It is two and a half decades since the Scottish Conservatives held a national leadership role north of the border. Even then, during Michael Forsyth’s eventful spell as Scottish secretary in John Major’s disintegrating government, there was a sense of temporariness, of the sand running out, and no little democratic outrage. The Tory comeback at Holyrood, following the 1997 wipe out, has been as remarkable as it was perhaps unexpected, but there is an inbuilt realism about the party’s prospects: the ceiling is all-too visible, the cultural obstacles still too great, feisty but distant opposition the best that might be hoped for.
Scottish Labour sees itself differently. Even in the profoundest depths of its electoral darkness, the party has husbanded a flickering candle of hope. It is not really so long ago that it was sending red armies to the parliaments in Westminster and Edinburgh and winning at a canter at municipal level. Labour hegemony had seemed as Scottish as inventive swearing and sheeting rain. Those memories, and the accompanying sense of entitlement, are dying hard.
There’s a tendency among commentators – myself included – to pore over the entrails of Scottish politics for signs of the SNP’s approaching demise. Election results, opinion polls, the First Minister’s podium posture, yellow-on-yellow sniping, and even the tweets of unhinged cybernats are scoured for evidence that the tide is finally turning after 14 unbroken years in office. For those of us who came to our maturity pre-Holyrood, in the winner-takes-all climate of First Past the Post, there is an assumption that the voters will eventually tire of any government and sling it out. The electoral landmarks of 1945, 1979, 1997 loom large in our minds. You get in, you get your shot, and after a while an ungrateful electorate inflicts scarring humiliation.
This might also be seen as healthy. Governments run out of ideas and puff, become heavy with scandal and barnacled by events, and run through their talent pool until only the third stringers are left standing. There is then a full-system flush, with the formerly mighty sent off to regroup and restock on the back benches, where they can relearn limo-less humility and take the kinds of policy and personnel decisions that are too risky in the glare of power. The new winners get straight to work. The cycle repeats.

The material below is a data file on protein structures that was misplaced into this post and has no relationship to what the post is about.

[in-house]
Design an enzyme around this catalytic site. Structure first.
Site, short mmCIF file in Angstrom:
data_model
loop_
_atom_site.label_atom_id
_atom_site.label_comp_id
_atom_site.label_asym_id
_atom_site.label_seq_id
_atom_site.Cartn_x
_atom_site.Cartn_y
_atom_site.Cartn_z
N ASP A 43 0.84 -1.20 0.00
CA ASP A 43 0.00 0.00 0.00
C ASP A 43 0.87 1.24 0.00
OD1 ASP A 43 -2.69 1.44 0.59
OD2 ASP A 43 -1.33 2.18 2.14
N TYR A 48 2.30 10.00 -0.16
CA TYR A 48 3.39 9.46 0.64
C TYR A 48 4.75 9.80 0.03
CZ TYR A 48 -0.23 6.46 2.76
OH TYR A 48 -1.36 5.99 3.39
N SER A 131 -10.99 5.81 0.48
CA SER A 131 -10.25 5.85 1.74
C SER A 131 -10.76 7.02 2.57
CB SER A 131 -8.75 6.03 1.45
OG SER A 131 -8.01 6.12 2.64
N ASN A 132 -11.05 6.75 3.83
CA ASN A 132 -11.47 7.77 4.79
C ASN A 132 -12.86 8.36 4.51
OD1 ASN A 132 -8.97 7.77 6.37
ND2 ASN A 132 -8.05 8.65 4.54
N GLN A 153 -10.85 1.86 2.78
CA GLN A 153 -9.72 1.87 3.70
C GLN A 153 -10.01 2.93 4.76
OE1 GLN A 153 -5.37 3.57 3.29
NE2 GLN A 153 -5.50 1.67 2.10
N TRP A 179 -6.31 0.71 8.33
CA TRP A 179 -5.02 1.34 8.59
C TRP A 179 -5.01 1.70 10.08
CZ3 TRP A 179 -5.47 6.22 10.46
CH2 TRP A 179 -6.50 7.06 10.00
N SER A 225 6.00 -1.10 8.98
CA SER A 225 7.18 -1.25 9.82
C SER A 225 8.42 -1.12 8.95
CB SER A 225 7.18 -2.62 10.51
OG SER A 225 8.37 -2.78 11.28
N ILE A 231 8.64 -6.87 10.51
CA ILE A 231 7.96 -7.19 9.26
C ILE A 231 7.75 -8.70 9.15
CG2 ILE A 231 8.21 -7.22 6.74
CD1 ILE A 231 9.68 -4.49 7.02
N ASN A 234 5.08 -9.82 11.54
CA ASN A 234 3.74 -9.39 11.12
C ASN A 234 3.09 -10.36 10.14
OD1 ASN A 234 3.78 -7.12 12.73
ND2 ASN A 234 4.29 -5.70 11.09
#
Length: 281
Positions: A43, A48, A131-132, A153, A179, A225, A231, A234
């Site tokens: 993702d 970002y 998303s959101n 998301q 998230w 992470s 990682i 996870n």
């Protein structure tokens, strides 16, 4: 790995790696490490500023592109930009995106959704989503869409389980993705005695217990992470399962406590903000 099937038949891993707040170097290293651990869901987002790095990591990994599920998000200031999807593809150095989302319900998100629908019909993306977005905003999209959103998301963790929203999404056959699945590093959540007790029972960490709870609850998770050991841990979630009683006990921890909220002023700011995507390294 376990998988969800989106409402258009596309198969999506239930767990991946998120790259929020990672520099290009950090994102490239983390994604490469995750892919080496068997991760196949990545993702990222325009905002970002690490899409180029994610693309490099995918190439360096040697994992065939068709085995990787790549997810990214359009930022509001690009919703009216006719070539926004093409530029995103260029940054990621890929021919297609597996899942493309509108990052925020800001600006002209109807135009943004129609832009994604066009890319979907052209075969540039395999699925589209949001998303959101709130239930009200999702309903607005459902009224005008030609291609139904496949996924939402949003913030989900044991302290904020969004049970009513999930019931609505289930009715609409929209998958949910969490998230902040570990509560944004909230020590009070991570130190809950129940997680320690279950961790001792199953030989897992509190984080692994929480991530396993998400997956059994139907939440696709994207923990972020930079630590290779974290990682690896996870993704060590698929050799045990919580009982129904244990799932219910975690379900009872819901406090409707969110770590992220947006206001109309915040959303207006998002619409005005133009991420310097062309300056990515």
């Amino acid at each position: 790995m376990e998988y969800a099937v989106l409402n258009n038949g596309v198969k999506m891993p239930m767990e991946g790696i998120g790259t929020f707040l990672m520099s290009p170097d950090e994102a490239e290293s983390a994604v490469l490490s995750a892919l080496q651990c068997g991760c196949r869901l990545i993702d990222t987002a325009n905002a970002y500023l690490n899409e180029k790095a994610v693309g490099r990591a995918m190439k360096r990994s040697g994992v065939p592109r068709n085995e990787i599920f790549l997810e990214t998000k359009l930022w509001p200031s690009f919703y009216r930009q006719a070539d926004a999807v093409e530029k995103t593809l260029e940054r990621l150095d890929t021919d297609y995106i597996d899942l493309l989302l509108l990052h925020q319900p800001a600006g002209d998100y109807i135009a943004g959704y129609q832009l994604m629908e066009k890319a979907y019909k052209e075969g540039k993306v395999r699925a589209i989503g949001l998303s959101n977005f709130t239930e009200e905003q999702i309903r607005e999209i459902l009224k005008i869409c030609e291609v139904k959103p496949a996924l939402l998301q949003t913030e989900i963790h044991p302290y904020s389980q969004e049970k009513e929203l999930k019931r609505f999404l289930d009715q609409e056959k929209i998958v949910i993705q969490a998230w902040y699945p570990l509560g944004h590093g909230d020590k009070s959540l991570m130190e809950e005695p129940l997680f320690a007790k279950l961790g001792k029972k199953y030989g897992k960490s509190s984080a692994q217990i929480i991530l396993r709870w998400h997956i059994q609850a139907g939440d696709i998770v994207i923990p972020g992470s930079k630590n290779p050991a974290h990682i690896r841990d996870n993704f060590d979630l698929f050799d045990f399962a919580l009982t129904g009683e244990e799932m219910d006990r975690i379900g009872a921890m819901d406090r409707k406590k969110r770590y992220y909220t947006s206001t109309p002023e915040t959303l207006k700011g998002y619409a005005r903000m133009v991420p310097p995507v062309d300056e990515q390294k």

What happens, then, if this mechanism for renewal breaks down? If one party doesn’t just hold office for a prolonged period but for, say, generations?
Terms such as “one-party state” and “dictatorship” are regularly thrown around in Scotland but are loaded, inaccurate and won’t do. Better is what academics call the “dominant-party system”, which is something different from what’s seen in genuine dictatorships, as in China or North Korea, or in fake democracies such as Russia. There are plenty of examples of such longevity in genuine liberal democracies, at both a national and sub-national level. A handful of southern states in the US historically had an unbroken run of Democrat governors lasting more than a century; the Democrats have held power in the District of Columbia since 1973; Utah has had a Republican governor since 1985. In the Canadian province of Alberta, the Progressive Conservative Party ruled from 1971 to 2015.
Neither is Europe immune. Bavaria’s Christian Social Union has governed since 1946 with one short break, while the Portuguese region of Madeira has been run by the centre-right Social Democratic Party since 1976. Perhaps most famously of all, Sweden’s Social Democrats held power from 1932 to 2006 with only a few brief gaps. The party has been the country’s largest in every general election since 1917, and Tage Erlander was prime minister for 23 years between 1946 and 1969, a democratic record.